Angus Ferguson wrote:Instead of adding logic to the main, it is recommendable to write a run method. The code becomes much more robust and clean. You can have a look at this Main - Pain article.
Angus Ferguson wrote:Please have a look at this piece of code.
You were trying to call the methods by using the instance of your classes. The instance of the class MonitorAnimal, for example, allows you to call the methods written in that class by adding a dot at the end of the instance. So, in this case, we are supposing that .method1() has been written within the MonitorAnimal class.
I have heard that one before. We often see people posting poor style code who say they will sort out the style when they have finished coding, but that isn't how it works. You sort out the style and the design as you go. Otherwise you will probably leave the poor quality code uncorrected and lose marks for it.
Bill Platt wrote:. . . I can see your point, and I may go that route once I get everything working. . . .
Campbell Ritchie wrote:I have heard that one before. We often see people posting poor style code who say they will sort out the style when they have finished coding, but that isn't how it works. You sort out the style and the design as you go. Otherwise you will probably leave the poor quality code uncorrected and lose marks for it.
Campbell Ritchie wrote:
Start with names, which you can read about here. That link might be old, but it is still relevant. A class name like MonitorAnimal tells me that you are looking for monitor lizards, not that you want to do any monitoring of animals. You would want to call the class AnimalMonitorer (only that is unpronounceable); monitorAnimal() might however be good name for a method. The act that you used those names in your code shows how much better they are as names for methods.
LInes 12‑13 show up a problem. You are not calling any methods there, but only creating objects. Yes, you need objects, but making them is only a part of the whole process. You need to know the difference between creating objects and calling methods on them. You would want something like animalWatcher.observeAnimal(a); where a is a variable of type Animal. So you need to decide what such a method is going to do, and then write the method to do that.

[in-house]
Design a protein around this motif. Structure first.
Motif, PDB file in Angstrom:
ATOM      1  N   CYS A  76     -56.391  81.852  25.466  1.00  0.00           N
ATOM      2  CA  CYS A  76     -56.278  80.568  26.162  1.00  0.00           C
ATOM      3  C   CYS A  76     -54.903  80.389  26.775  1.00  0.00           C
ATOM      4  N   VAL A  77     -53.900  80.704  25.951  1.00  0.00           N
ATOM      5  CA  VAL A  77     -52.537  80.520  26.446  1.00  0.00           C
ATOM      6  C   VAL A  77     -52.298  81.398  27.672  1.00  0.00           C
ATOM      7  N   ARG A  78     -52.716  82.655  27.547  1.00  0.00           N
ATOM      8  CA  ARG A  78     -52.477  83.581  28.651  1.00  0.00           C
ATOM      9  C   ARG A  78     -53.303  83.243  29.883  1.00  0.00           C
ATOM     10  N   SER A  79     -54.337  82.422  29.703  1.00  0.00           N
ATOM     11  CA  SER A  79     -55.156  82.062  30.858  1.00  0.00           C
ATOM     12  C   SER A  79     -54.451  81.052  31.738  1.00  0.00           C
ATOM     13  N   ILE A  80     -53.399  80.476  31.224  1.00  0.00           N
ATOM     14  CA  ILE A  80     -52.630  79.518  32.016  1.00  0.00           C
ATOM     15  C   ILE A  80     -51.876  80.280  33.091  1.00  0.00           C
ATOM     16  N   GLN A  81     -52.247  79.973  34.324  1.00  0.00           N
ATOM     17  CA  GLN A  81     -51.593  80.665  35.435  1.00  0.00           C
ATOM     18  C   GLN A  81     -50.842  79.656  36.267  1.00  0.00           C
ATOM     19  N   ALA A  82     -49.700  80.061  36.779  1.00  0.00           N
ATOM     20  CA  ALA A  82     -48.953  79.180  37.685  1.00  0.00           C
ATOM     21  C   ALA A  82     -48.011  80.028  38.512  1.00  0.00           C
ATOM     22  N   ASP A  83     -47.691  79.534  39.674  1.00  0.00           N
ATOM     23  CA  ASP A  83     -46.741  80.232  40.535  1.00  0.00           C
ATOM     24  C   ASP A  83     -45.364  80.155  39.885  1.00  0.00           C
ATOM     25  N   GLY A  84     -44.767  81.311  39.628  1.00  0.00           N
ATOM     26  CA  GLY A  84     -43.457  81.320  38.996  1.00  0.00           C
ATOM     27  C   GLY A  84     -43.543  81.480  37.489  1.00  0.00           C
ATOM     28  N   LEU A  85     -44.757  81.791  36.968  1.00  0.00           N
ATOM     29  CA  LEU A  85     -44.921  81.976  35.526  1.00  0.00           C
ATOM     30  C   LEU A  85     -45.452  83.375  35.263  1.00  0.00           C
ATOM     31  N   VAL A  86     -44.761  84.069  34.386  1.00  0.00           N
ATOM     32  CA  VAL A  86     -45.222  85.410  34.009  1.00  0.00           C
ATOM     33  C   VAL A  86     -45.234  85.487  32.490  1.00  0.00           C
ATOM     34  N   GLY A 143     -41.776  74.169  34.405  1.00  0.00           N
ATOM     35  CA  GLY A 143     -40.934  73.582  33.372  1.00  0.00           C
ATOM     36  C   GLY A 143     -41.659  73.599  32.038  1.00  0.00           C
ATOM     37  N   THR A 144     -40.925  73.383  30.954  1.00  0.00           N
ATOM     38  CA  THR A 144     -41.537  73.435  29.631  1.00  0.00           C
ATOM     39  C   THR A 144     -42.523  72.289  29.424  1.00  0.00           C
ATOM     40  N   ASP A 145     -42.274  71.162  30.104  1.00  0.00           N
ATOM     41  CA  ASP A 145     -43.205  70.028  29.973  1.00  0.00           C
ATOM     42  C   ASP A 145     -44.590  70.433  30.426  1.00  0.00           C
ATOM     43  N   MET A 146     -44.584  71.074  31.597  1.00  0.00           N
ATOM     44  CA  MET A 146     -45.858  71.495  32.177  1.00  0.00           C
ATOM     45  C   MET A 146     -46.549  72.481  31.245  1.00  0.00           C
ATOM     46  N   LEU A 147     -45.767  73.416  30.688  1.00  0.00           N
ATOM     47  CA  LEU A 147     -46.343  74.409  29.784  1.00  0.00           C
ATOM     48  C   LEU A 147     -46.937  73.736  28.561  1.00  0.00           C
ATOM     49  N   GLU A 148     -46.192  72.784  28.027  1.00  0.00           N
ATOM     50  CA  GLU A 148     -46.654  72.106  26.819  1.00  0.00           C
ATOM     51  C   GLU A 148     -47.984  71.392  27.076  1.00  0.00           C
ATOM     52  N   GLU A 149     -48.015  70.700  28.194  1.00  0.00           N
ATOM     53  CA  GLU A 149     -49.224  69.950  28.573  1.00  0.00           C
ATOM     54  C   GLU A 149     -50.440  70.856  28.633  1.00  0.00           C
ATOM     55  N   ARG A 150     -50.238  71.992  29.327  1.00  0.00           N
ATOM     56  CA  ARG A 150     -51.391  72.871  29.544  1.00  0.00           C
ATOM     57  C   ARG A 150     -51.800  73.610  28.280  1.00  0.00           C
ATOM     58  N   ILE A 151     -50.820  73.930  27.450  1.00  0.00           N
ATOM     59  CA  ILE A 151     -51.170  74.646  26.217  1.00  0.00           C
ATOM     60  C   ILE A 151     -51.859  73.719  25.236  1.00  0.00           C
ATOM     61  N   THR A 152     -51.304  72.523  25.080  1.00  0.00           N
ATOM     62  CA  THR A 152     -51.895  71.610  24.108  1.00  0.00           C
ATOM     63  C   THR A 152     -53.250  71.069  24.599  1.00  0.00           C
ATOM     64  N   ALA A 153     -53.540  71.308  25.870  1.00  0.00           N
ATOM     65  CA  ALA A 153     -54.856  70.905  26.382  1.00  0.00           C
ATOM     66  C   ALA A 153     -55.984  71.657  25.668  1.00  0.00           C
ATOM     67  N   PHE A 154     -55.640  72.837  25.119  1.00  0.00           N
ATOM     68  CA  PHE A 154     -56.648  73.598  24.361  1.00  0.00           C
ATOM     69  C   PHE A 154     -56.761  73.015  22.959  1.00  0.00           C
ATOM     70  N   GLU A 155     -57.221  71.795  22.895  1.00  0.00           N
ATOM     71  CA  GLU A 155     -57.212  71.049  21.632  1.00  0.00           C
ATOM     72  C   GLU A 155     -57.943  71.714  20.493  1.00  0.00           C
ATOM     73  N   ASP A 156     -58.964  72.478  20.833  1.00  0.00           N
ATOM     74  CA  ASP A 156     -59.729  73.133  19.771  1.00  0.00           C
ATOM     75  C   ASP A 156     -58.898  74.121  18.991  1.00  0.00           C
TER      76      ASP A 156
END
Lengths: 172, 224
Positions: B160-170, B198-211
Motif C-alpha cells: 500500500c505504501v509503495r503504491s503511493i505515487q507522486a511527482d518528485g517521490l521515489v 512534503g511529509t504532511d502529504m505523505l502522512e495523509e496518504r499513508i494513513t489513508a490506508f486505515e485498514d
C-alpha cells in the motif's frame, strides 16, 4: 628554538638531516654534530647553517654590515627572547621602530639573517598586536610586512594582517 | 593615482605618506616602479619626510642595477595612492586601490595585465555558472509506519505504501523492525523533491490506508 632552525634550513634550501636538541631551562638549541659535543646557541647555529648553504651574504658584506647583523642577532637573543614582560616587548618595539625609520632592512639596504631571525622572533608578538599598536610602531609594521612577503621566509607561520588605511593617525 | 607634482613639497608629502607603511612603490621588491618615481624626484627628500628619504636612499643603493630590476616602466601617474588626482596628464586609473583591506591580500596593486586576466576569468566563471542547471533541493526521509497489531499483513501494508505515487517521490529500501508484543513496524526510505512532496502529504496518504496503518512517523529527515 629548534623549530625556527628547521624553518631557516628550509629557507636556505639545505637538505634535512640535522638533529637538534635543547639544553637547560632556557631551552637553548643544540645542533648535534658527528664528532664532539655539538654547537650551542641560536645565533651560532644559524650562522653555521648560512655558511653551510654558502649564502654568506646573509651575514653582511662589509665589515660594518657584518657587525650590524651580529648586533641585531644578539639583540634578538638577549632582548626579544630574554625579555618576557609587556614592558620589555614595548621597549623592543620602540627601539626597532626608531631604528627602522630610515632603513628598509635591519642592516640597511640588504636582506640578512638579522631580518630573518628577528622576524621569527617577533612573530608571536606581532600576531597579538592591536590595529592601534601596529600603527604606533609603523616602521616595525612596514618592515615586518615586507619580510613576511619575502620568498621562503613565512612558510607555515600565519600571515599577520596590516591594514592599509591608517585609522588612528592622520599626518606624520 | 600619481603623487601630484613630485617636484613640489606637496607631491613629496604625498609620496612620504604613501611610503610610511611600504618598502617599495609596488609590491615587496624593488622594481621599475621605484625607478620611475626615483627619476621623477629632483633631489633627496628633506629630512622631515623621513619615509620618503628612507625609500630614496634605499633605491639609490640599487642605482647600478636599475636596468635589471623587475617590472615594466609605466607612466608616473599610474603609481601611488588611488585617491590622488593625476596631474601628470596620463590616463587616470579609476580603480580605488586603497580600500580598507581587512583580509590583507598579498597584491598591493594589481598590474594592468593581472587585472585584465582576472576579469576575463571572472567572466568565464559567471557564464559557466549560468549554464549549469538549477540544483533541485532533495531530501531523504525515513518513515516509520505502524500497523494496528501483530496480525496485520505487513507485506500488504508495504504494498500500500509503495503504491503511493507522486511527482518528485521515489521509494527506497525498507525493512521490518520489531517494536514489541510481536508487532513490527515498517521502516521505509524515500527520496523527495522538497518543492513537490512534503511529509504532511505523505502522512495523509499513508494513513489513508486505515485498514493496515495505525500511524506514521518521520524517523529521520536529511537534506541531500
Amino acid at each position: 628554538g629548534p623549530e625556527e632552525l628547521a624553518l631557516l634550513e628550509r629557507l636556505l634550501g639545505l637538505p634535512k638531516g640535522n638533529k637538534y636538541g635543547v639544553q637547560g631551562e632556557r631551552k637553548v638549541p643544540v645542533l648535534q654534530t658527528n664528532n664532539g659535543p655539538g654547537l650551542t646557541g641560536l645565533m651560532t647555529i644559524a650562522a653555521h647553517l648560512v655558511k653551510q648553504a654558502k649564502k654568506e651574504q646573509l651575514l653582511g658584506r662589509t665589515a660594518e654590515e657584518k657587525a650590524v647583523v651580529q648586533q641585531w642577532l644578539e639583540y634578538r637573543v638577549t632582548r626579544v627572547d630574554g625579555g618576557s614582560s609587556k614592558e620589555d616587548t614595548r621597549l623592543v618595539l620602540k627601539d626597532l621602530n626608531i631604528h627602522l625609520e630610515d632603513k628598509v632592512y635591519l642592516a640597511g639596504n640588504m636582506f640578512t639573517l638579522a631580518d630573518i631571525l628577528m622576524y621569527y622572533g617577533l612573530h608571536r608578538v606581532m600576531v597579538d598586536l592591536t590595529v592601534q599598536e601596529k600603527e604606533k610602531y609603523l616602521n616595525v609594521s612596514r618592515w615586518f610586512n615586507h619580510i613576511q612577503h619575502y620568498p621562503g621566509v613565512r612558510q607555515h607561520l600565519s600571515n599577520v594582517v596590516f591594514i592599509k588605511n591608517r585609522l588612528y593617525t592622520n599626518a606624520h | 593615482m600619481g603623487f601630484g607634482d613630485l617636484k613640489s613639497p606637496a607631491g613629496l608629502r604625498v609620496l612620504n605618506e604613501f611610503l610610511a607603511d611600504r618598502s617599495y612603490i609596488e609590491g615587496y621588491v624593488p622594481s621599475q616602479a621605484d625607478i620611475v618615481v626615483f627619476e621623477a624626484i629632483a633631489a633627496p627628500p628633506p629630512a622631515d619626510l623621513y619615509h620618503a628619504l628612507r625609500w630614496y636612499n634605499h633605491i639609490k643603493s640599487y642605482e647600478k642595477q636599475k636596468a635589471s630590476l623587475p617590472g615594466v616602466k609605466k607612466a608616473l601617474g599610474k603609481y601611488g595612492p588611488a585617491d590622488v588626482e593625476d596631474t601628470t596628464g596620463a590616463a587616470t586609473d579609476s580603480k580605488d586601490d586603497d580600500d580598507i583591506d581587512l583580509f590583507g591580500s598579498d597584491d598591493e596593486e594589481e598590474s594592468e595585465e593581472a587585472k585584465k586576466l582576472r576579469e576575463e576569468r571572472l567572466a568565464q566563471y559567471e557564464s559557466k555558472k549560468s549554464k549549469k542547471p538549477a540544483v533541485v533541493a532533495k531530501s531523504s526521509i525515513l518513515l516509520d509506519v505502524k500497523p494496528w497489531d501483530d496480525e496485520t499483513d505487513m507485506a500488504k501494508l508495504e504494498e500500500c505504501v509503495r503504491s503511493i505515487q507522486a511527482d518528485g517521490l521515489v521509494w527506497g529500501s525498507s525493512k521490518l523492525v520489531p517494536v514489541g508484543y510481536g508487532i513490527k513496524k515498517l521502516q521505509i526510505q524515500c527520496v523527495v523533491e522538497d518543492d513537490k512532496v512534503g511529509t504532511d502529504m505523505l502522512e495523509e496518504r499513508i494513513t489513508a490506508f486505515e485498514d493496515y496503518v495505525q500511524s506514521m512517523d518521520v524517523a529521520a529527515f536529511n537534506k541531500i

Lines 33 and 40 show you writing something you know will cause your code to ail to compile, so what's the point of that?
No, you aren't there yet. You are at the stage where you need all the help you can get to see the pitfalls, and poor naming and formatting hide the pitfalls from you.
Bill Platt wrote:. . . This may be well and good for someone who is experienced and knows where the pitfalls and tripwires may be located. I'm not there yet; . . .
Agree; it is an good name for a method. It tells you what the method does.But not for a class; there you want a name that will tell you what the class (or its instance) is.
. . . I felt that the choice of monitorAnimal was both simple and descriptive. . . .
Well, lines‑12 don't say what you are actually doing, so they denote confusion to be sorted out. And kindly tell us how stopping your code from compiling is going to make anything clearer. A far better placeholder would be System.out.println("Option 3");
As for lines 11-12 and 33 and 40.
I inserted them for the purpose of this post for clarity . . .
That is no reason to be dismissive of people who are trying to help you.
I do not have years or even months of experience.
You will not be working programming on your own; you will have to use a style acceptable to those you work with.
. . . personal style; what works for one may not be acceptable to another . . .